This is all we do. It’s over before Advent. If we don’t have a card from you by Advent, we will mail one to you in a letter with a stamped envelope that you can mail back to the parish or place in the weekly offering. Over the last four years, Holy Trinity has made the annual stewardship campaign easier and more productive than we could hope for or imagine, and we are truly grateful.

For homework, please read Romans 12:1 and Hebrews 13:15-16, above and below. Contemplate and pray about what your living sacrifice looks like. God really does care what we do with our money, our things, our time. Our regular giving is Holy Trinity’s household income, living sacrifices pleasing to God.

Through him then let us continually offer up a sacrifice of praise to God, that is, the fruit of lips that acknowledge his name. Do not neglect to do good and to share what you have, for such sacrifices are pleasing to God. Hebrews 13:15-16 (ESV)

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First Things – part six, with thanksgiving

Rejoice in the Lord always; again I will say, rejoice. Let your reasonableness be known to everyone. The Lord is at hand; do not be anxious about anything, but in everything by prayer and supplication with thanksgiving let your requests be made known to God. And the peace of God, which surpasses all understanding, will guard your hearts and your minds in Christ Jesus. Philippians 4:4-6 ESV

And so, with this little article we close a season focused on various aspects of Christian stewardship. Now, it is my joy and pleasure, personally and on behalf of the parish leadership, to give thanks to God and to you for your faithfulness in participating in our process and the generosity that you express therein.

Did you know that in some local churches it is almost considered an anathema to talk about money, to ask for it, or to teach Christian stewardship? In others, the parish leaders go grovelling each year begging for promises to give money (pledges) with threats about deficit budgets and cuts to popular programs, often intimidating and nothing that would elicit thanksgiving.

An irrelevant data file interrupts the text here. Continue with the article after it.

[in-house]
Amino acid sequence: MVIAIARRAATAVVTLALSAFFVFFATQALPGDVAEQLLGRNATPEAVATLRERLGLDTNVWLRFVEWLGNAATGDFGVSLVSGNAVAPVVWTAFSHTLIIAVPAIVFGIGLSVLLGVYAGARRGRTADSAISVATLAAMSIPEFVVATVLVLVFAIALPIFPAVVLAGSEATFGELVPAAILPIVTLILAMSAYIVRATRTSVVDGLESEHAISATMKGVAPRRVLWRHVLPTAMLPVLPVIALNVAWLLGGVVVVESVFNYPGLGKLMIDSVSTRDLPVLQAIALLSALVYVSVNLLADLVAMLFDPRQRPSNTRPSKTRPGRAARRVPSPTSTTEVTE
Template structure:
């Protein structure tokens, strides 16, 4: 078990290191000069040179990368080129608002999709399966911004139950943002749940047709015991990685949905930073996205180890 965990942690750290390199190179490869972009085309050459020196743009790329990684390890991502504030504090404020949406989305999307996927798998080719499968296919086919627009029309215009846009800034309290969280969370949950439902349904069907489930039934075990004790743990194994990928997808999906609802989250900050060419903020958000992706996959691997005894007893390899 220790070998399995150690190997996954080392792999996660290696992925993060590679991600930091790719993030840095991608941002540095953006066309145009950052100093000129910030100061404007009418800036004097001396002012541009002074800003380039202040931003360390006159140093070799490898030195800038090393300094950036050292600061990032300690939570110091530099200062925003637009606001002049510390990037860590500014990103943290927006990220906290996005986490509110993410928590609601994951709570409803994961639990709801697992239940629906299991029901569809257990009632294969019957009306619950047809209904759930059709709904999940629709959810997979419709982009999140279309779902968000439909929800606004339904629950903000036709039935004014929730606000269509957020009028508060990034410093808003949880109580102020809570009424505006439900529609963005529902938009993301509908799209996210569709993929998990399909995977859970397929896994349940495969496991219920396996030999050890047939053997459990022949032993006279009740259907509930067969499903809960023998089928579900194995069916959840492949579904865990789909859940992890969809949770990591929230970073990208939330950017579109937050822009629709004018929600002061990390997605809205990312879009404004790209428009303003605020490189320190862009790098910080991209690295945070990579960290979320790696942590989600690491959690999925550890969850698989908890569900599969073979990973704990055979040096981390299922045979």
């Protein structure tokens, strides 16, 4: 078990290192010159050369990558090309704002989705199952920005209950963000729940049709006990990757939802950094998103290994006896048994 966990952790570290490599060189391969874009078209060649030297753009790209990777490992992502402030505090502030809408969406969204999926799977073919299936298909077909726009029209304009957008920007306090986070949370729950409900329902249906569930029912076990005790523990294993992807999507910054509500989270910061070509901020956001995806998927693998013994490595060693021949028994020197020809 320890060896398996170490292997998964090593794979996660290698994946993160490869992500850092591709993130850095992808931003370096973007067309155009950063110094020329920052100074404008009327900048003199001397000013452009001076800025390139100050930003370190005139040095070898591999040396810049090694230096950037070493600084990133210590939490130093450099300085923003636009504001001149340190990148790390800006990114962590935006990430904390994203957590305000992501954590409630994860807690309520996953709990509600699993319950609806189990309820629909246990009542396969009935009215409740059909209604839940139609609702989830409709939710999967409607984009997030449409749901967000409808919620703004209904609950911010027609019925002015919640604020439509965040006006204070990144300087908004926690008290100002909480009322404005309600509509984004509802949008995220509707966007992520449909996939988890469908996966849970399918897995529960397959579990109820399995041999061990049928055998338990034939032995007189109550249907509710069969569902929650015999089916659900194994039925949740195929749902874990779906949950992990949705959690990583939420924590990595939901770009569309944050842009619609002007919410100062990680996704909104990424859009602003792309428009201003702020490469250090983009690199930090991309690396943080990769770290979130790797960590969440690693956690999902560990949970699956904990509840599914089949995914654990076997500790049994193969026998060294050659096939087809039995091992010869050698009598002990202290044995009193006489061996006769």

Instead it is our joyful obligation and pleasure to talk about money, to teach about Biblical giving that God might find faithful, that you might find fulfilling, and through which Holy Trinity might thrive. Truly, without outrageously generous giving, Holy Trinity Anglican Church would not have come into being and would not be the parish that we lovingly share today.

We do ask you to do something. We ask every household to return a good faith estimate of their next year’s giving. A good faith estimate implies nothing more than just what those words mean. No future obligation is implied. We assume that your guess is better than our guess. This is a great help to the vestry as they plan to live within our means through next year’s budget. More important we hope, is that in developing your good faith estimate you are encouraged to be thoughtful about giving.

How did we do? I will make a final report at the Annual Parish Meeting. A few parishioners have not yet participated and it is expected that most of them will. I can share with you that we are on a positive trajectory to exceed past records in both number of participants (those who returned cards) and estimated giving. Your faithfulness makes leading a stewardship campaign easy, for which I am very thankful.

Just in case, if you have not yet participated in the in-gathering this year, you may complete a card and place it in the gray box near the baptismal font. After this Sunday, just drop it into the offering. Cards may also be hand delivered to our Treasurer, Jim Robinson, or sent by mail to his attention. Nobody else ever sees them.